Nate Silver actually wrote an interesting to read “Earth 2” scenario last week.

https://projects.fivethirtyeight.com/if-clinton-had-won/

crabbie

While I have no specific criticisms to the original post, I’m always a bit skeptical of models and philosophies that are purely economic in nature. I’m grinding through Walker Connor’s book on Marxism right now and was musing about how radically different the ways in which human nature in the large can be viewed.

These discussions are always good to read though. Carry on.

Sam

Something I noticed in Australia over the past decade in this context (given very similar “structural” trends) is a massive growth in the number of people working in the “Professional Personal Service” sector. This means relatively highly paid jobs such as: Speech Pathologists, Personal Trainers, Dieticians, Masseurs, Occupational Therapists, Psychologists/Consellors, etc.

That would be both an effective “sink” for the oversupply of labor (those jobs are hard to automate) and deliver a real boost to living standards (those serviced deliver real value and boost health).

So, just a partial solution, but …

KD

I think there is a model of politics here that runs something like. . . policy problem, I know, let’s pass a bill to fix it.

What primarily motivates political agents is political survival, and how political agents can amass more power within the system. This never permits systematic change, unless the agent is revolutionary, and revolutions generally manage to accomplish the replacement of one self-serving elite with another self-serving elite.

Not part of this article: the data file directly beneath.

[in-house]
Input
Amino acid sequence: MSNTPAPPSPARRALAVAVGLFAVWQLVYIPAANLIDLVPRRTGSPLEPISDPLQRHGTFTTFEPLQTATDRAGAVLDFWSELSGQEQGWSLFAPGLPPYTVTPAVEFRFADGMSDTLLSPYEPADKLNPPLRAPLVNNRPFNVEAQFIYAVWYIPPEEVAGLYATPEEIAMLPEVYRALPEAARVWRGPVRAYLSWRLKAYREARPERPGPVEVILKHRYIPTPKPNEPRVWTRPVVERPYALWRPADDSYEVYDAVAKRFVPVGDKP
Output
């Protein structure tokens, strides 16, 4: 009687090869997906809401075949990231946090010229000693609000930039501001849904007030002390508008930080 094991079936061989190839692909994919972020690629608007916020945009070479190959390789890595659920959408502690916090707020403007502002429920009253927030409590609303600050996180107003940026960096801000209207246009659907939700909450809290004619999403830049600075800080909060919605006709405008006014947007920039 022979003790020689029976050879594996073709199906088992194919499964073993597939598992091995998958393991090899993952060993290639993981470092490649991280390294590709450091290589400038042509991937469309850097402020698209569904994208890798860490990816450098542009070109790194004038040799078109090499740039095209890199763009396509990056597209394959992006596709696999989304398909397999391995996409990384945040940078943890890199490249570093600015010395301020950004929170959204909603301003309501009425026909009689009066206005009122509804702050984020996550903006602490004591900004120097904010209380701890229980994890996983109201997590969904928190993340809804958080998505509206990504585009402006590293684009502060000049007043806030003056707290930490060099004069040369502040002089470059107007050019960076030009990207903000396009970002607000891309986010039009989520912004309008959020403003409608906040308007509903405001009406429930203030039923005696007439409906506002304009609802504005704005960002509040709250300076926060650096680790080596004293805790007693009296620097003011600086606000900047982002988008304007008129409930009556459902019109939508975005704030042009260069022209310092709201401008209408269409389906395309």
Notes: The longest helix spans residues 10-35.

American democracy is a sea of self-serving, self-interested special interest groups with millions of low information voters on the sideline, voting on the basis of God-knows-what. Nothing can get done in Washington, and no one cares about the good of the Republic. The only ones who might care about “cultural evolution” are Wall Street investors, and only so they can make a buck off calling the right social trend. We are doomed.

al loomis

american democracy is not democracy. the people do not rule.
the government is a small group who can be bought easily, as they are.
elections are not democracy, merely non-violent civil war, ballots replacing bullets, to decide which master will rule. much better than the old sort, but nothing to do with democracy.

KD

“It may be that we are doomed, that there is no hope for us, any of us, but if that is so then let us set up a last agonizing, bloodcurdling howl, a screech of defiance, a war whoop! Away with lamentation! Away with elegies and dirges! Away with biographies and histories, and libraries and museums! Let the dead eat the dead. Let us living ones dance about the rim of the crater, a last expiring dance. But a dance!” – Henry Miller, Tropic of Cancer”

Warren Dew

Having read and understood at least the outlines of your theory, I agree with you on what appear to be the two fundamental issues you mention. Immiseration is primarily due to oversupply of labor. And the coming conflict will involve elite competition.

The plutocrats benefit from oversupply of labor. Most likely, Nick benefits from oversupply of skilled labor, so he can safely propose minimum wages high enough to kick many unskilled laborers into full welfare dependency. Plutocrats who depend on unskilled labor, like the Waltons, will disagree; they’d probably prefer to limit H1B visas, which would perhaps hurt Nick. Minimum wages laws are mostly a form of elite competition masquerading as virtue signaling.